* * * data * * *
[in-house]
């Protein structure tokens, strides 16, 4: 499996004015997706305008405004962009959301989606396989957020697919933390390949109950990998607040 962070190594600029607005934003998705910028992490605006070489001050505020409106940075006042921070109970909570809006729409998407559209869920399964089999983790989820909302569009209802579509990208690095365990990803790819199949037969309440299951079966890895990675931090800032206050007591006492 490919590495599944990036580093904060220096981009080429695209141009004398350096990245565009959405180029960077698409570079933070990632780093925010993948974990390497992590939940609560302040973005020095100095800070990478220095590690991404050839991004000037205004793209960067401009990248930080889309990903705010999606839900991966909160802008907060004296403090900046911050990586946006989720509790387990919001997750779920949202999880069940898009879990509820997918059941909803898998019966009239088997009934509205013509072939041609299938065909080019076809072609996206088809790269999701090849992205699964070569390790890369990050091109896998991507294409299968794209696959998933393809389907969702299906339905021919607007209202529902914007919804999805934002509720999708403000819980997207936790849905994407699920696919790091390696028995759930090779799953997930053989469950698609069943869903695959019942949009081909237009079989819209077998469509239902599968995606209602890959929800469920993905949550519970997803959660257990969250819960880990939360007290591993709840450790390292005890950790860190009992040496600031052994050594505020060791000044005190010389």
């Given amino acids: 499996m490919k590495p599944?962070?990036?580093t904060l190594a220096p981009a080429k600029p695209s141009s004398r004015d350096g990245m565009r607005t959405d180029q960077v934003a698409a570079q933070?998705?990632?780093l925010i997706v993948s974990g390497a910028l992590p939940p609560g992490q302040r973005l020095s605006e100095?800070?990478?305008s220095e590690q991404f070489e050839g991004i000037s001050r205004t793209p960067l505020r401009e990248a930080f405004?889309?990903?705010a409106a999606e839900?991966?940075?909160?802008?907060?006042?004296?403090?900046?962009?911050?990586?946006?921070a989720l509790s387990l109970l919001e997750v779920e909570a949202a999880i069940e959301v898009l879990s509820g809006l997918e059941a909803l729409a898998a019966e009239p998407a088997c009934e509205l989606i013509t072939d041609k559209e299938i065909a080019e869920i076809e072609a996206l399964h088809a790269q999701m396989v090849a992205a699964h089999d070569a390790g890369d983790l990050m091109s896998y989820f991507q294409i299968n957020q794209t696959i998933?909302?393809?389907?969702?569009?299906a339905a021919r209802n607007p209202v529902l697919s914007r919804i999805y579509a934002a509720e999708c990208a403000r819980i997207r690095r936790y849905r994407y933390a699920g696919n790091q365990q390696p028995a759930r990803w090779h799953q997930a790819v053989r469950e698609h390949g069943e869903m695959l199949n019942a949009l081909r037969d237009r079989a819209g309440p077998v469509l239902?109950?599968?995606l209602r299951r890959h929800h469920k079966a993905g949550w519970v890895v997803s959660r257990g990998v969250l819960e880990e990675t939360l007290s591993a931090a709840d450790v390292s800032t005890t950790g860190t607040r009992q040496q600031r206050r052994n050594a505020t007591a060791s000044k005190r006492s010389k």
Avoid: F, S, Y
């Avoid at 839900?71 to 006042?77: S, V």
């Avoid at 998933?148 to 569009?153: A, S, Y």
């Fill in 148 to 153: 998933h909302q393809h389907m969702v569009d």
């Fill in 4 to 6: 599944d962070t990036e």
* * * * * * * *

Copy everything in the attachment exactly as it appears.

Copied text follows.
[in-house]
């Protein structure tokens, strides 16, 4: 499996004015997706305008405004962009959301989606396989957020697919933390390949109950990998607040 962070190594600029607005934003998705910028992490605006070489001050505020409106940075006042921070109970909570809006729409998407559209869920399964089999983790989820909302569009209802579509990208690095365990990803790819199949037969309440299951079966890895990675931090800032206050007591006492 490919590495599944990036580093904060220096981009080429695209141009004398350096990245565009959405180029960077698409570079933070990632780093925010993948974990390497992590939940609560302040973005020095100095800070990478220095590690991404050839991004000037205004793209960067401009990248930080889309990903705010999606839900991966909160802008907060004296403090900046911050990586946006989720509790387990919001997750779920949202999880069940898009879990509820997918059941909803898998019966009239088997009934509205013509072939041609299938065909080019076809072609996206088809790269999701090849992205699964070569390790890369990050091109896998991507294409299968794209696959998933393809389907969702299906339905021919607007209202529902914007919804999805934002509720999708403000819980997207936790849905994407699920696919790091390696028995759930090779799953997930053989469950698609069943869903695959019942949009081909237009079989819209077998469509239902599968995606209602890959929800469920993905949550519970997803959660257990969250819960880990939360007290591993709840450790390292005890950790860190009992040496600031052994050594505020060791000044005190010389």
């Given amino acids: 499996m490919k590495p599944?962070?990036?580093t904060l190594a220096p981009a080429k600029p695209s141009s004398r004015d350096g990245m565009r607005t959405d180029q960077v934003a698409a570079q933070?998705?990632?780093l925010i997706v993948s974990g390497a910028l992590p939940p609560g992490q302040r973005l020095s605006e100095?800070?990478?305008s220095e590690q991404f070489e050839g991004i000037s001050r205004t793209p960067l505020r401009e990248a930080f405004?889309?990903?705010a409106a999606e839900?991966?940075?909160?802008?907060?006042?004296?403090?900046?962009?911050?990586?946006?921070a989720l509790s387990l109970l919001e997750v779920e909570a949202a999880i069940e959301v898009l879990s509820g809006l997918e059941a909803l729409a898998a019966e009239p998407a088997c009934e509205l989606i013509t072939d041609k559209e299938i065909a080019e869920i076809e072609a996206l399964h088809a790269q999701m396989v090849a992205a699964h089999d070569a390790g890369d983790l990050m091109s896998y989820f991507q294409i299968n957020q794209t696959i998933?909302?393809?389907?969702?569009?299906a339905a021919r209802n607007p209202v529902l697919s914007r919804i999805y579509a934002a509720e999708c990208a403000r819980i997207r690095r936790y849905r994407y933390a699920g696919n790091q365990q390696p028995a759930r990803w090779h799953q997930a790819v053989r469950e698609h390949g069943e869903m695959l199949n019942a949009l081909r037969d237009r079989a819209g309440p077998v469509l239902?109950?599968?995606l209602r299951r890959h929800h469920k079966a993905g949550w519970v890895v997803s959660r257990g990998v969250l819960e880990e990675t939360l007290s591993a931090a709840d450790v390292s800032t005890t950790g860190t607040r009992q040496q600031r206050r052994n050594a505020t007591a060791s000044k005190r006492s010389k």
Avoid: F, S, Y
């Avoid at 839900?71 to 006042?77: S, V």
């Avoid at 998933?148 to 569009?153: A, S, Y």
């Fill in 148 to 153: 998933h909302q393809h389907m969702v569009d």
């Fill in 4 to 6: 599944d962070t990036e």